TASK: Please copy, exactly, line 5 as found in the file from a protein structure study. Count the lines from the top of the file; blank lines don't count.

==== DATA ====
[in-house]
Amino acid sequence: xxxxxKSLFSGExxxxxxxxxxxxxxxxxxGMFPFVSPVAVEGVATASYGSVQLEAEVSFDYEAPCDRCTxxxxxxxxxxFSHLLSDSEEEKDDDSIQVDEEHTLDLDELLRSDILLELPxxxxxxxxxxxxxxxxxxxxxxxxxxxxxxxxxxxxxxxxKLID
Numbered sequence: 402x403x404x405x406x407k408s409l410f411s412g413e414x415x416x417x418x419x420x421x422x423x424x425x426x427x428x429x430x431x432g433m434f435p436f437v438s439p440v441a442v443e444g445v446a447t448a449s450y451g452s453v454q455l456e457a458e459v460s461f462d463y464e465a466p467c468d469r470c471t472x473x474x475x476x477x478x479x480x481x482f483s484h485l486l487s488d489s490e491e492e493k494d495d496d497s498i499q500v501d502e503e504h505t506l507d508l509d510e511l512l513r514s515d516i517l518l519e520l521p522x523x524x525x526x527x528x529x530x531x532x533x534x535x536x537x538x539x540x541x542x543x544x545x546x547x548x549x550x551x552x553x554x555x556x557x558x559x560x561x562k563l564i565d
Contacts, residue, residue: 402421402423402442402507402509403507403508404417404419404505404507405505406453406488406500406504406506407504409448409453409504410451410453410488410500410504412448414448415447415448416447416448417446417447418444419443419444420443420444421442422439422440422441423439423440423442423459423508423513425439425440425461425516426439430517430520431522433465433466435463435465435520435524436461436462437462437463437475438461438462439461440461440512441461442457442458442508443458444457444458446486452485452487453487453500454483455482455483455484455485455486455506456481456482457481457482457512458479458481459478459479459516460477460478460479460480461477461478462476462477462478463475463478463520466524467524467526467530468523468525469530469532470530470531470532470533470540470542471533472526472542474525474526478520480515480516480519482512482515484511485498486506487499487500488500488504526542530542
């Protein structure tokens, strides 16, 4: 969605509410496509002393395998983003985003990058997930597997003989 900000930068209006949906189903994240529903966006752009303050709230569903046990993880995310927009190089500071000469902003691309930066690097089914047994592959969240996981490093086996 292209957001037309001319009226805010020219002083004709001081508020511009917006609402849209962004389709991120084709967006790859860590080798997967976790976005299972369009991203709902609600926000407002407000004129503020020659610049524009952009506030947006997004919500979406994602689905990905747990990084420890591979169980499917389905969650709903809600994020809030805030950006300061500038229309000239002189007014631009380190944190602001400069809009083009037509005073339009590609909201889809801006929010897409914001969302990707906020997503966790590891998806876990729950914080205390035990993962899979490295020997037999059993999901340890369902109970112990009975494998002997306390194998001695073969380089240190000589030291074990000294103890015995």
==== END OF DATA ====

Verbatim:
């Protein structure tokens, strides 16, 4: 969605509410496509002393395998983003985003990058997930597997003989 900000930068209006949906189903994240529903966006752009303050709230569903046990993880995310927009190089500071000469902003691309930066690097089914047994592959969240996981490093086996 292209957001037309001319009226805010020219002083004709001081508020511009917006609402849209962004389709991120084709967006790859860590080798997967976790976005299972369009991203709902609600926000407002407000004129503020020659610049524009952009506030947006997004919500979406994602689905990905747990990084420890591979169980499917389905969650709903809600994020809030805030950006300061500038229309000239002189007014631009380190944190602001400069809009083009037509005073339009590609909201889809801006929010897409914001969302990707906020997503966790590891998806876990729950914080205390035990993962899979490295020997037999059993999901340890369902109970112990009975494998002997306390194998001695073969380089240190000589030291074990000294103890015995």